AUGUST 10, 1962
NEW YORK—Next Monday they will be dedicating the Franklin D. Roosevelt Memorial Bridge between Lubec, Me., and Campobello Island.
The "beloved island" was what Mr. and Mrs. James Roosevelt called Campobello after they first discovered it in the summer of 1883, when they were looking for a good climate for their young son Franklin to spend his second summer. From that time on, part of every summer was spent on the island itself and sailing the waters nearby. James Roosevelt loved to sail and bought a two-masted schooner called the "Half Moon" in which he explored the coast and neighboring waters, and by the time little Franklin was seven he was presented with a small sailboat of his own.
One of the best sailors of the island, Captain Eddie Lank, taught the youngster the mysteries of the Bay of Fundy tides, how to ride the eddies along the shore when the wind gave out, and how to be a really good sailorman. In fact, Franklin Roosevelt was one day to be probably as good a navigator of the coast as could be found, with a very intimate knowledge of all the inlets and rivers and harbors, so that even in a fog he could usually get into port.
The island itself had been granted to Admiral Owen, who had moved out there from Gr. Britain and built himself a white clapboard house on one of the promontories looking up the two rivers running down on either side of Eastport, Maine. He brought people out with him to settle the island over whom he had the power of life and death. He built a small church, and his daughters did an endless labor of love in cross-stitching the altar carpet and the runners leading up the aisle.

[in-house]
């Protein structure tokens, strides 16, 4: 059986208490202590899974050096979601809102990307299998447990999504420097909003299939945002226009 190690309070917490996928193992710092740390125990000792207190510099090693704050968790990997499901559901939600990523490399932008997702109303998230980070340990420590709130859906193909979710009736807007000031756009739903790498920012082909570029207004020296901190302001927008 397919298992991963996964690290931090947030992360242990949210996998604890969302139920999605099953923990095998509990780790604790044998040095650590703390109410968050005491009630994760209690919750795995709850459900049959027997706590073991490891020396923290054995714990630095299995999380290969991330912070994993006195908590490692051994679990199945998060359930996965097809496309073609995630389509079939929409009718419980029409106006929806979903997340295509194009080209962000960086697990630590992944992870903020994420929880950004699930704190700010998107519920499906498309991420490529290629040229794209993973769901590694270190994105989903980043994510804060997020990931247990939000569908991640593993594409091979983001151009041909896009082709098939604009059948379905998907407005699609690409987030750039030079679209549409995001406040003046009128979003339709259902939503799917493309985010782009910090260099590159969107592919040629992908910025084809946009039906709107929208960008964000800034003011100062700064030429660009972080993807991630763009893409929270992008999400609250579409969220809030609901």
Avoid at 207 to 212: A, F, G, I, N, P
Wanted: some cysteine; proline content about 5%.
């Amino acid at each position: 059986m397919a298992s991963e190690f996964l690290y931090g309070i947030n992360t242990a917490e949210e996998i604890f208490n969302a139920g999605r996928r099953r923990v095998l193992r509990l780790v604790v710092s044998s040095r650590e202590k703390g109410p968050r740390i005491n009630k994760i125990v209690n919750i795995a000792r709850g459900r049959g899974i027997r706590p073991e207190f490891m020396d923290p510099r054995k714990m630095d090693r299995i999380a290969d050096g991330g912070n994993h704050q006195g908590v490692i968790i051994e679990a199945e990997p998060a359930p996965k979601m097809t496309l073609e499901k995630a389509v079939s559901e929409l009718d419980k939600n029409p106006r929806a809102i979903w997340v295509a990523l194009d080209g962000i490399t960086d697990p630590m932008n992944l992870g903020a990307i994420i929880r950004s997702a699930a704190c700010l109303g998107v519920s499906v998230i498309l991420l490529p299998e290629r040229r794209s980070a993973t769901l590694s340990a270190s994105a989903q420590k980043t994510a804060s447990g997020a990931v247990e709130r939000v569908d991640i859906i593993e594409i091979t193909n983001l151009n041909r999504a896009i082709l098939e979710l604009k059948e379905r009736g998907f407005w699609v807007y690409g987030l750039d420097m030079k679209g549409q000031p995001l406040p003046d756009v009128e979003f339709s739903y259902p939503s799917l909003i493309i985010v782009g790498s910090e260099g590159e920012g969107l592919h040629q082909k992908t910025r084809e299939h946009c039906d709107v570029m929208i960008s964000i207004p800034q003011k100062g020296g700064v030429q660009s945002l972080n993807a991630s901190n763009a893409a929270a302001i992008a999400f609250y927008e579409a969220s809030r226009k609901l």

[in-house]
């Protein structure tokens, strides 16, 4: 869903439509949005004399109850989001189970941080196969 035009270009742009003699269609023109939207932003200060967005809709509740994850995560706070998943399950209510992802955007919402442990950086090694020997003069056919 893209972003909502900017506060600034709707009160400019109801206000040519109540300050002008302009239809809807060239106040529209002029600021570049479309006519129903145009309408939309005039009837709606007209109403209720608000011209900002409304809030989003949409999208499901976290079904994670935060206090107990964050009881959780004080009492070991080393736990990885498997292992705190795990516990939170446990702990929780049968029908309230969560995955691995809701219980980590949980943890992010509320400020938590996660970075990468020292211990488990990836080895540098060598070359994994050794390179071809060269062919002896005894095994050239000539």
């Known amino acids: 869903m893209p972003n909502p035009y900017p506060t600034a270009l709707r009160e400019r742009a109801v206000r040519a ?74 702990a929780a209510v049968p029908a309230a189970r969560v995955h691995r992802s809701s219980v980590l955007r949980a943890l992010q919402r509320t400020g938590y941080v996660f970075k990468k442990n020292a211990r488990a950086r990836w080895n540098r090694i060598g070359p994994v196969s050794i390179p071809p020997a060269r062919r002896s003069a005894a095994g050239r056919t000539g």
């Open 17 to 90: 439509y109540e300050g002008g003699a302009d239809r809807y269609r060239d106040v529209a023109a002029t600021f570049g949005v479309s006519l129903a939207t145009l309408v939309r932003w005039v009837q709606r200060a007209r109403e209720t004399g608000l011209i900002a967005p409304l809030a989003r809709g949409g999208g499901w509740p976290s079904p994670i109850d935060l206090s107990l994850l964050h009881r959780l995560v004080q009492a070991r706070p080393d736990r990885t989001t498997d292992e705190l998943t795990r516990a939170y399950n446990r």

Gradually Admiral Owen and his family faded out of the picture, but the sturdy villagers and fishermen who came with him stayed on. They built their weirs to catch the herring, and in the two little American coast villages of Lubec and Eastport the herring industry thrived. Slowly greater prosperity came and grew.
The people wondered why the line between the U.S. and Canada had not run outside of Campobello Island. The legend, which may be entirely apocryphal, is that our negotiator, Daniel Webster, was given plenty of liquid hospitality before approving the line which ran between the mainland through the narrows where the tide was particularly swift. This left Campobello on the outside and part of Canada. But it has never seemed to matter a great deal, because the fishermen come from islands on both sides and they trade in Lubec and Eastport.
When my husband was a boy there was fine timber on the island, but forest fires and speculators have taken much of that away. You can still walk on deep mossy paths through dark mysterious woods and come out at a number of points on the other side of the island. If you face the rivers, you can have the most beautiful sunsets laid before you in an unbelievable panorama. If you stay a little distance from Lubec, you can almost think you are looking on Mt. St. Michel on the coast of France. There are an endless number of islands to visit, an endless number of waterways and constantly changing scenery, but everywhere the rocks come down to the pebbly beaches, with the pine trees clinging precariously as far as they can cling and the water lapping the beaches and the rocks below.